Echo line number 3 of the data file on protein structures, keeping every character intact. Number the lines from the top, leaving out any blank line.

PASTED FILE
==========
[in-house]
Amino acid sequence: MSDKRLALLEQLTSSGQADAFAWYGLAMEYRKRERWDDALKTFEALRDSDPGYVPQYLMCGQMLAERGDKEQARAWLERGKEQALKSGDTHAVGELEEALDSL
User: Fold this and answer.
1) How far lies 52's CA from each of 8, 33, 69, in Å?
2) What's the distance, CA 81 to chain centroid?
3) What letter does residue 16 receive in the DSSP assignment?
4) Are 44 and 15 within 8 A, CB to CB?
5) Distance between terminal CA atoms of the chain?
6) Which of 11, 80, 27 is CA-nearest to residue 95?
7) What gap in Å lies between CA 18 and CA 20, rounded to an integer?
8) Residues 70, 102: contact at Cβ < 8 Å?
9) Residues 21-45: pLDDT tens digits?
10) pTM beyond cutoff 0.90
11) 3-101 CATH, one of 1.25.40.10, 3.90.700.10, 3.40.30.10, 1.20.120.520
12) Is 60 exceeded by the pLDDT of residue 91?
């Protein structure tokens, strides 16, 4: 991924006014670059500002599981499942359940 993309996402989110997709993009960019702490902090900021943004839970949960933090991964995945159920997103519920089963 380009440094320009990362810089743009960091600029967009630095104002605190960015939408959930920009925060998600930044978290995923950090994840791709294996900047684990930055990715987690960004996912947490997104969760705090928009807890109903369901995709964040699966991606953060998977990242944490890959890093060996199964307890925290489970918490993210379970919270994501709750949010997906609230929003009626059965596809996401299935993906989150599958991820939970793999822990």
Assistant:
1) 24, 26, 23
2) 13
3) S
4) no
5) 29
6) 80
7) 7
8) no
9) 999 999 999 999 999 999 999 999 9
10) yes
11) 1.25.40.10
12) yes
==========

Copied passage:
User: Fold this and answer.